The world seems smaller when I can receive an e-mail message from Hotel Russia in Moscow, send a reply, and minutes later get an answer - communicating across the planet with a fellow Columbia County boy on perhaps the greatest adventure of his life.
Barry Fleming expects to return to American soil just in time for the Jan. 15 start of the session of the Georgia Legislature that he joins as a freshman representative. Meanwhile, hes cooling his heels near Red Square waiting for the final paperwork to clear before he and his wife Paige can bring home their newly adopted son.
Hes a good baby, even though Paige is already spoiling him, Fleming admits. He has to fly to another city in Russia to personally pick up Zachs passport, take some paperwork to the U.S. Embassy and then head home - the process possibly taking as long as another week.
Meanwhile, the Flemings are staying in a 4,000-room monstrosity built by the Soviets in the 60s. And Barry muses about how weird it is to be near parade grounds where columns of nuclear-tipped missiles once motored past - especially when he realizes those missiles were aimed at his home country.
The Flemings plane will soon be aimed at Harlem, and the new family can settle in for the Christmas they missed while waiting for bureaucrats to stamp papers. Helpfully for his American constituents, Barry will have gained a new appreciation for the teeth-grinding frustration of red tape.
One part of the process will be simple, however: Under U.S. law, Zach is automatically a U.S. citizen as soon as his feet touch U.S. soil, Fleming writes. He ought to take that literally, comparing notes with Bob Knox, the mayor of Thomson. Years ago, Knox told me the story of being brought as an infant to McDuffie County from the west coast, where his father had been stationed in the military. As soon as they reached home, Knox said, his father buried the boys feet in Georgia red clay - rooting him in his native land.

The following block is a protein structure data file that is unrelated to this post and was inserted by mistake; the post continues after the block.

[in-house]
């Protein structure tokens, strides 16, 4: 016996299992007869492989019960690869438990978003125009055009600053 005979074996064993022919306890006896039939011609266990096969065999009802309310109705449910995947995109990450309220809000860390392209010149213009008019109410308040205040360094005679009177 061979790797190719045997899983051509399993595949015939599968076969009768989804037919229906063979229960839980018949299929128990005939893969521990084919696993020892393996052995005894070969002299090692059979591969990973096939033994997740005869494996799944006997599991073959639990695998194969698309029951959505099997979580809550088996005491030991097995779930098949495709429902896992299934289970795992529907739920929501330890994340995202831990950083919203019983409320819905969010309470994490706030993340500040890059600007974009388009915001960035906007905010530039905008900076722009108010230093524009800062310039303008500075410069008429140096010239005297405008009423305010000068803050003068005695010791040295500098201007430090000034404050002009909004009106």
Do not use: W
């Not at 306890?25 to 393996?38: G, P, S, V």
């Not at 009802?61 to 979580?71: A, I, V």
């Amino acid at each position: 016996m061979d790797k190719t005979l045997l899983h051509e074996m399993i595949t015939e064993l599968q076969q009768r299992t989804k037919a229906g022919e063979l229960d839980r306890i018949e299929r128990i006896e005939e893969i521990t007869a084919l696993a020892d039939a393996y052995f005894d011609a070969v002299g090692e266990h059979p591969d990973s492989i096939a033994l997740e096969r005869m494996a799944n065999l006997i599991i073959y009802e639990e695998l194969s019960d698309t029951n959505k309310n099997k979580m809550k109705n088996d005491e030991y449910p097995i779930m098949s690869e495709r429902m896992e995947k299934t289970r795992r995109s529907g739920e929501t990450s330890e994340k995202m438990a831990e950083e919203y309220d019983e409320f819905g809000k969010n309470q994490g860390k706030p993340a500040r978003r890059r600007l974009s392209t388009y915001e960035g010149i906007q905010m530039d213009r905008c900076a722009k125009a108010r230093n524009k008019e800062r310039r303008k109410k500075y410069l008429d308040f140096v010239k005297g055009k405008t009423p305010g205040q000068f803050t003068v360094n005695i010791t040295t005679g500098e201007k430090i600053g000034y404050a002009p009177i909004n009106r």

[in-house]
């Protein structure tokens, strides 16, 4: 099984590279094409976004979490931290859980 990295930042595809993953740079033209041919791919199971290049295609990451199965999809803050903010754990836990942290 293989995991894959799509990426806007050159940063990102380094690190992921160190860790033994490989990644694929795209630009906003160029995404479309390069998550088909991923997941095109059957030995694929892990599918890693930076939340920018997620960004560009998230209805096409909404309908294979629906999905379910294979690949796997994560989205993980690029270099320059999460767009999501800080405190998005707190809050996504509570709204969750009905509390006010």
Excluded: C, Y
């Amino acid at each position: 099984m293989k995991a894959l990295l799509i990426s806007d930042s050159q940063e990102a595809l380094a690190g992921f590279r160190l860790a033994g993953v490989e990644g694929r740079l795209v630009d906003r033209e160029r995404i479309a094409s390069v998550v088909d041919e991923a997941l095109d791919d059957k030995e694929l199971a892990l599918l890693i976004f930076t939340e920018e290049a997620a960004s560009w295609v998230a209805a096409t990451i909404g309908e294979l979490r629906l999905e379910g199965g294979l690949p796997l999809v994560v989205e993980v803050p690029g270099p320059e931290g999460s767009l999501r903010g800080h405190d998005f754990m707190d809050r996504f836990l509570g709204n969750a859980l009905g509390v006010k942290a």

When the Flemings return, theyll find plenty of dirt in Harlem, ready for growing a new Columbia County boy.
Incidentally, in the Legis-lature Barry also can compare notes with state Rep. Sue Burmeister of Augusta. She, too, is an adoptive parent of children from Russia.
Mercer at home
Recently, I asked readers to pray for the Flemings, and also for Tom Mercer, the county commissioner who recently underwent open-heart surgery. God is good all the time, the saying goes, and its demonstrated in both these cases. Zach will soon come home, and Mercer is already there - in fact, his wife Brenda says its hard keeping him at home. She brought him to Thursdays Commission meeting, where Mercer was elected vice-chairman for 2003.
Mercer will be healing for a couple of months before going back for diagnosis of the kidney trouble that originally sent him to the hospital. One hurdle leaped, another to go, and the prayers are still appreciated.
Sometimes the news isnt so good. Condolences to the Elliott family on the recent death of Virginia Elliott, the widow of former Columbia County Chief Deputy Harold N. Ace Elliott.
Ace passed away in 2001, succumbing to lung cancer. Mrs. Elliott was later diagnosed with the same smoking-related malady, and died just after Christmas.
Aces heroic military exploits took him through three wars and all over the world before he settled in Grovetown. For all that time, his high school sweetheart was by his side.
Their reunion should be a happy one.
(Barry L. Paschal is publisher of The Columbia County News-Times. E-mail comments to bpaschal@ newstimesonline.com, or call 863-6165, extension 106.)
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